Cooking your own food is less expensive in part because it is more efficient. A lot more processing, packaging, testing, and transportation goes into packaged food. Restaurants serve only about half of the food they prepare, and customers eat only about three fourths of the food that is served. Cook your own food, and you can cook as little or as much as you want.

If you are in the West Chester, Pennsylvania, area this afternoon, you might want to stop by Veggie Fest, an event with a food and cooking theme. (Update: Photos from Veggie Fest.)

Friday, June 26, 2009

This Week in Bank Failures

Banking executive Allen Stanford has been indicted for fraud and related charges and has pleaded not guilty. According to the charges, Stanford and others exaggerated the financial condition of the Stanford group of companies, including Stanford International Bank in Antigua, reporting about $1 billion more in assets than actually existed, in order to mislead investors. In Antigua, a financial regulator has been charged with taking bribes from Stanford.

The House of Representatives is still trying to figure out what happened at the end of last year when Bank of America acquired Merrill Lynch, an iffy deal that could eventually contribute to the bank’s collapse. There are conflicting stories of what happened, and Fed chief Ben Bernanke said little to clear things up in his testimony Thursday. He said that Fed officials acted “with the highest integrity” but failed to explain why he did not take action to stop the deal, or to alert other banking regulators, after the financial consequences to the bank became clear in December.

The secrecy with which the Fed operates, in general, has continued to be a subject of discussion, with some lawmakers calling for an audit of the Fed, and others proposing to reduce the Fed’s authority in some areas.

Why has Georgia seen so many banks fail? Part of it is just that the economic slowdown hit Georgia a year or two earlier than the rest of the country. What is happening now in Georgia may hit the rest of the country starting next year. But it is also true that Georgia has more banks than most states. Even though a few have failed and a few have arranged to be bought out to avoid failure, Georgia still has a lot of banks. The failures that have occurred in Georgia do not represent the kind of threat to the state that is posed by the bank failures in Nevada, for example, which did not have so many banks to begin with, and where some areas no longer have convenient access to banking services.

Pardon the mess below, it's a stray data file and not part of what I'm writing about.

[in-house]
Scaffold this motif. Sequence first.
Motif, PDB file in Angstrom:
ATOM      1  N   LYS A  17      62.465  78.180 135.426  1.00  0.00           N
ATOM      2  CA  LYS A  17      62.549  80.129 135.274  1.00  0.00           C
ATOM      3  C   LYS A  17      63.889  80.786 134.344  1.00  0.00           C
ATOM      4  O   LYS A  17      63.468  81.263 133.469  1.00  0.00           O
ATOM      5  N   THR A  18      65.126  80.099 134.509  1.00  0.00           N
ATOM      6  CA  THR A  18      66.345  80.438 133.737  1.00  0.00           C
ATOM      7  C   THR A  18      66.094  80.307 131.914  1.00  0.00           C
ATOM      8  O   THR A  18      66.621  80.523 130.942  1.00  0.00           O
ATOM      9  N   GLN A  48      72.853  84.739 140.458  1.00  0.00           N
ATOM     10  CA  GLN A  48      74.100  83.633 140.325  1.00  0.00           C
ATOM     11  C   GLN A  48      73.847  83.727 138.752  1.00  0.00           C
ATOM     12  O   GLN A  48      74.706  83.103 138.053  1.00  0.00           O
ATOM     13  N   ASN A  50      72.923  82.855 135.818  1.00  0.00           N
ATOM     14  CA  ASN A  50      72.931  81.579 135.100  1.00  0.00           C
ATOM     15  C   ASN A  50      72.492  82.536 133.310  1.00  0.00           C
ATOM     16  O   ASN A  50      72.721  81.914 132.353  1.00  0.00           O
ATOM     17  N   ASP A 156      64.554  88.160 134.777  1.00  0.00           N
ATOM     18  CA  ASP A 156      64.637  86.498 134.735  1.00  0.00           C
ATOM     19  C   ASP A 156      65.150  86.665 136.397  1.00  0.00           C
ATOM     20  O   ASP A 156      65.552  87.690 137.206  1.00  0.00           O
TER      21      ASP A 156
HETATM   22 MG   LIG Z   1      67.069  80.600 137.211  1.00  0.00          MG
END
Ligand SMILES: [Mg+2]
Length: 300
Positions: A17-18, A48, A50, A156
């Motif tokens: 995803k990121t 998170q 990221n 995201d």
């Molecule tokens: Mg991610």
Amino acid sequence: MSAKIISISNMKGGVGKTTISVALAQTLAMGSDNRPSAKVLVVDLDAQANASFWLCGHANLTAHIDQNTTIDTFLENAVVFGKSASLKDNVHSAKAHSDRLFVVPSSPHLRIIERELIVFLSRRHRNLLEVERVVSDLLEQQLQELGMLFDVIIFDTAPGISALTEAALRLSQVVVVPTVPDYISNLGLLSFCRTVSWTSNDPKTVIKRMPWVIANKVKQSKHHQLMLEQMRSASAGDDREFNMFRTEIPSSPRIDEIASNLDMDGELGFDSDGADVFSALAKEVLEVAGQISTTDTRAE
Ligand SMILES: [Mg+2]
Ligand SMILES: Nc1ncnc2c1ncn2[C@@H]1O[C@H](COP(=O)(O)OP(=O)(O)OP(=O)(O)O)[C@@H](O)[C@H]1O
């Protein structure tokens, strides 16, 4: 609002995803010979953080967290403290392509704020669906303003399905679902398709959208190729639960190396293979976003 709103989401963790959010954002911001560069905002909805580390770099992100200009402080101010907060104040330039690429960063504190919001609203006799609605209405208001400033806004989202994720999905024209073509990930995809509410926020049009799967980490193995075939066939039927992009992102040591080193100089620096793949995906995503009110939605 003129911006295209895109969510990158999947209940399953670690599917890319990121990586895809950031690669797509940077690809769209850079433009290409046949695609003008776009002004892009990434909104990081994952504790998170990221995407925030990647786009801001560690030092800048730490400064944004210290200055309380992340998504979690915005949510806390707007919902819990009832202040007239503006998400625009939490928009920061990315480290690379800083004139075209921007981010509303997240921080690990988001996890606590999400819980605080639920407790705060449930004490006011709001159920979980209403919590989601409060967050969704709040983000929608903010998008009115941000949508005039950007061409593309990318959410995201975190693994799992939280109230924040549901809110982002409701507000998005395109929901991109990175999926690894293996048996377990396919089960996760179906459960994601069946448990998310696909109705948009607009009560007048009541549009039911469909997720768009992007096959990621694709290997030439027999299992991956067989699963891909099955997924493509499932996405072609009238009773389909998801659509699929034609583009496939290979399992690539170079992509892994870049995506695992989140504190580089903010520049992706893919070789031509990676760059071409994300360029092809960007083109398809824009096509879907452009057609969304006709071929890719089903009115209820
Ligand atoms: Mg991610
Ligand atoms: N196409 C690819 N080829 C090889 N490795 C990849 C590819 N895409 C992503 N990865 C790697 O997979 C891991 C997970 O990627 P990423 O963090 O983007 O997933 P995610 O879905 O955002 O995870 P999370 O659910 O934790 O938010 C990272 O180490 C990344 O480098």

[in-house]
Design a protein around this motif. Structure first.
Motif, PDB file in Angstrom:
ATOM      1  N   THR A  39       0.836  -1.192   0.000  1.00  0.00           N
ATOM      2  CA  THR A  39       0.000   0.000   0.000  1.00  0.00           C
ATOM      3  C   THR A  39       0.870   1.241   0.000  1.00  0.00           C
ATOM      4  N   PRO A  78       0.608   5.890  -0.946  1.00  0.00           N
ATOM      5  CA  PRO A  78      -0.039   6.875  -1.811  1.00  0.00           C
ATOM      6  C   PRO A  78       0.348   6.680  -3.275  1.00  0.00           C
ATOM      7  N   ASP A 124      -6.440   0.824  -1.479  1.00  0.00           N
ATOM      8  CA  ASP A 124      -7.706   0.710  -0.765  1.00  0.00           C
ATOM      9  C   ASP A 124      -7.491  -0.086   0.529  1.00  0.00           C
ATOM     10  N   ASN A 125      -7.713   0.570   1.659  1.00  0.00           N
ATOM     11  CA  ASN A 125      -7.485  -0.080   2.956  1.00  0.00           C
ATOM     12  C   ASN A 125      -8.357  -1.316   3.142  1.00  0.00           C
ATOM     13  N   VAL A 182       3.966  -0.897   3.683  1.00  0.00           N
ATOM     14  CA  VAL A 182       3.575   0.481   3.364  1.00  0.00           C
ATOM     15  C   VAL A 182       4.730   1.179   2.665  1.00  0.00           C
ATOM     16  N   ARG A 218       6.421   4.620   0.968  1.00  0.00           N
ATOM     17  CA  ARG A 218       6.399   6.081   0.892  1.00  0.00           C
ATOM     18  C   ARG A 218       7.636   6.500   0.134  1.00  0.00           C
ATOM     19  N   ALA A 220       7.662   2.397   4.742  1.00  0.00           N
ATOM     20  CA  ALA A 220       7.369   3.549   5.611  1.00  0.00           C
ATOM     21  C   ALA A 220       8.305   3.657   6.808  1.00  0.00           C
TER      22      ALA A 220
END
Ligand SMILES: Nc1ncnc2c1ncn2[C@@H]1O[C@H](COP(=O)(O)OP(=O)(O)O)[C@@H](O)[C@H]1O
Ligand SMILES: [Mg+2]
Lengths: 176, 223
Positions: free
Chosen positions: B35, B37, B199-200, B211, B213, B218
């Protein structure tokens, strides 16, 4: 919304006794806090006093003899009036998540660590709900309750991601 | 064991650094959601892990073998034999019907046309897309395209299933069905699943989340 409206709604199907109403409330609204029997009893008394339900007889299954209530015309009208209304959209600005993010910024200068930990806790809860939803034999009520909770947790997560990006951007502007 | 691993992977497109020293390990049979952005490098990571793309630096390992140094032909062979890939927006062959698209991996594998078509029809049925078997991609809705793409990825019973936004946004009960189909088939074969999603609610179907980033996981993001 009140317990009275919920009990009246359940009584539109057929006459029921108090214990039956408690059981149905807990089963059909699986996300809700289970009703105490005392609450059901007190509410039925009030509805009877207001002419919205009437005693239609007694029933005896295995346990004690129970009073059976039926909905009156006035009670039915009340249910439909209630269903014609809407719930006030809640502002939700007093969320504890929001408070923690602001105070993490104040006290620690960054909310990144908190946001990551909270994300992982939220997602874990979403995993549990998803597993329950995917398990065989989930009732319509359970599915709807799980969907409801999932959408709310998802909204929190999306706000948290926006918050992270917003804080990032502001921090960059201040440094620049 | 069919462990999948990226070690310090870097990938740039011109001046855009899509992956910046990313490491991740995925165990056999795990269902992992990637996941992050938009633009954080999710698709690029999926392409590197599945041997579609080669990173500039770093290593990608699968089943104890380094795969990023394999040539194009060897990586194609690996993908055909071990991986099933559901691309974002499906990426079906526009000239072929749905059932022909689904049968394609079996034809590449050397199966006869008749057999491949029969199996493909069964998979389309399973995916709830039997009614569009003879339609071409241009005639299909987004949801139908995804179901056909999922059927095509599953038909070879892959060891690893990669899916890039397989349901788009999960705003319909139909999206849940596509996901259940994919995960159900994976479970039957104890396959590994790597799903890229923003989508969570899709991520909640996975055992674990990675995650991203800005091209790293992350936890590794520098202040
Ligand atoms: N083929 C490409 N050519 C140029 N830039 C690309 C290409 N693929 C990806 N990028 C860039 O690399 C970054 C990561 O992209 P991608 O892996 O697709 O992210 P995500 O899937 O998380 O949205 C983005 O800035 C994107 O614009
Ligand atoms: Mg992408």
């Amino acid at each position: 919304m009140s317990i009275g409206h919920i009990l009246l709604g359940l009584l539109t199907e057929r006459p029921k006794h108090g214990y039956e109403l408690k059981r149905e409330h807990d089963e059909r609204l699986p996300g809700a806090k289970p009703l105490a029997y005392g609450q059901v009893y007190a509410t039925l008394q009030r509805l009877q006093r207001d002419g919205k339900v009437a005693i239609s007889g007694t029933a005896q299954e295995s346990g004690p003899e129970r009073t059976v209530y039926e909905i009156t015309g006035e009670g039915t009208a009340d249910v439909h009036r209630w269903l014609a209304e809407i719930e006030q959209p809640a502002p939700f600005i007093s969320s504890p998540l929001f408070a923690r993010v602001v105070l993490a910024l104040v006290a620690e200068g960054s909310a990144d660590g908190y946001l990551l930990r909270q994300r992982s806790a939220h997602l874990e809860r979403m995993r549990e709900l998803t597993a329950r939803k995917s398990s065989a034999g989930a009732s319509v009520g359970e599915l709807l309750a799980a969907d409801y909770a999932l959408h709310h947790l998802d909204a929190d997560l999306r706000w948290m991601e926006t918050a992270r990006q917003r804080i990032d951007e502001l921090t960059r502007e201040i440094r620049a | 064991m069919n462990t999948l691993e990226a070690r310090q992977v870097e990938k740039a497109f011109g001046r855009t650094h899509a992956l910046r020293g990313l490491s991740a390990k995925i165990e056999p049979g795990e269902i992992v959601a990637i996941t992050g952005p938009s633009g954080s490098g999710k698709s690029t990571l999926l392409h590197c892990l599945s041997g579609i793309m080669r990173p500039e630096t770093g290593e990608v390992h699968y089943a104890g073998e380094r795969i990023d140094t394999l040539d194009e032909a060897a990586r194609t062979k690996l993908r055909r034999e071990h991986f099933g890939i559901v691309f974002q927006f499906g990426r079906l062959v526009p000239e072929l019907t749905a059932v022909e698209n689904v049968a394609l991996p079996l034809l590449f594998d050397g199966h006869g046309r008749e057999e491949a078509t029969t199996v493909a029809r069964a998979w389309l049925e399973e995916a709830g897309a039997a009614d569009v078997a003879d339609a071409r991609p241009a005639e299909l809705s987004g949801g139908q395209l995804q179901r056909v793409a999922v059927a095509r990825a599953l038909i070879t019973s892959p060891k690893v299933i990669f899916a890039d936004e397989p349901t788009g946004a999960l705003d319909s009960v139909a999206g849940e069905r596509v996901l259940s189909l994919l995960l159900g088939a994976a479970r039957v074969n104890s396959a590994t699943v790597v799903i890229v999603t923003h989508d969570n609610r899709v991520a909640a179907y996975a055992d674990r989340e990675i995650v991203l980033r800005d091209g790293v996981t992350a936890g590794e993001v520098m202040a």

Many of the Georgia banks that have failed had just four offices, and that was the case again tonight when Neighborhood Community Bank of Newnan, Georgia, failed. The Fed on May 27 had rejected the bank’s capital plan, saying it would not provide it sufficient capital to operate, and ordered it to arrange sufficient capital levels within 30 days. That deadline passed yesterday, and tonight, the bank was closed and its deposits turned over to CharterBank.

Geographically, the deal makes perfect sense for CharterBank, a community bank operating along the I-85 corridor on both sides of the Alabama-Georgia border. Neighborhood Community Bank was also along Interstate 85, in the next two towns to the north.

CharterBank is also purchasing 94 percent of the assets of the failed bank, with the FDIC providing partial loss protection.

Another bank failure occurred nearby a few minutes earlier. One county to the north, in Villa Rica, Community Bank of West Georgia failed. This bank had a second office in Kennesaw, Georgia, that operated under the name Cobb Commercial Bank. The FDIC did not have a buyer for this bank, and will mail checks to the depositors on Monday. Customers of the bank who receive automatic deposits in their accounts should immediately make arrangements to receive their money at another bank or in another form, to avoid delays in getting that money.